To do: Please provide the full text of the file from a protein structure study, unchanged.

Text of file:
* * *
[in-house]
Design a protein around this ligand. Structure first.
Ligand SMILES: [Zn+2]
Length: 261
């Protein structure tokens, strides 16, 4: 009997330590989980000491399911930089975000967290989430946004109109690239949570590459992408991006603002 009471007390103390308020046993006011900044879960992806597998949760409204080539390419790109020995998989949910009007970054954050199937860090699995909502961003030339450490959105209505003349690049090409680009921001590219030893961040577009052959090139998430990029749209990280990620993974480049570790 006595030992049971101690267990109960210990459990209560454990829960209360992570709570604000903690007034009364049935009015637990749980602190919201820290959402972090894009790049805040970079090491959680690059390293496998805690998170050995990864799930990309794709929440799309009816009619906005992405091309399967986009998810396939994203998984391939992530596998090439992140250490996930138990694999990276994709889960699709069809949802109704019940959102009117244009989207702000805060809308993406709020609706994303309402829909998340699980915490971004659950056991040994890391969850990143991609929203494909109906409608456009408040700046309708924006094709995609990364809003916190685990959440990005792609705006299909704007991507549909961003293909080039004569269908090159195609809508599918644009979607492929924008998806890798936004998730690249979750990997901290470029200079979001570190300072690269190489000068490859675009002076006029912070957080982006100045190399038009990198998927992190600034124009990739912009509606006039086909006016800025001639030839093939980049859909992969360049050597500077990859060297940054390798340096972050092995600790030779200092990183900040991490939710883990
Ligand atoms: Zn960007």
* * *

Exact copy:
[in-house]
Design a protein around this ligand. Structure first.
Ligand SMILES: [Zn+2]
Length: 261
């Protein structure tokens, strides 16, 4: 009997330590989980000491399911930089975000967290989430946004109109690239949570590459992408991006603002 009471007390103390308020046993006011900044879960992806597998949760409204080539390419790109020995998989949910009007970054954050199937860090699995909502961003030339450490959105209505003349690049090409680009921001590219030893961040577009052959090139998430990029749209990280990620993974480049570790 006595030992049971101690267990109960210990459990209560454990829960209360992570709570604000903690007034009364049935009015637990749980602190919201820290959402972090894009790049805040970079090491959680690059390293496998805690998170050995990864799930990309794709929440799309009816009619906005992405091309399967986009998810396939994203998984391939992530596998090439992140250490996930138990694999990276994709889960699709069809949802109704019940959102009117244009989207702000805060809308993406709020609706994303309402829909998340699980915490971004659950056991040994890391969850990143991609929203494909109906409608456009408040700046309708924006094709995609990364809003916190685990959440990005792609705006299909704007991507549909961003293909080039004569269908090159195609809508599918644009979607492929924008998806890798936004998730690249979750990997901290470029200079979001570190300072690269190489000068490859675009002076006029912070957080982006100045190399038009990198998927992190600034124009990739912009509606006039086909006016800025001639030839093939980049859909992969360049050597500077990859060297940054390798340096972050092995600790030779200092990183900040991490939710883990
Ligand atoms: Zn960007």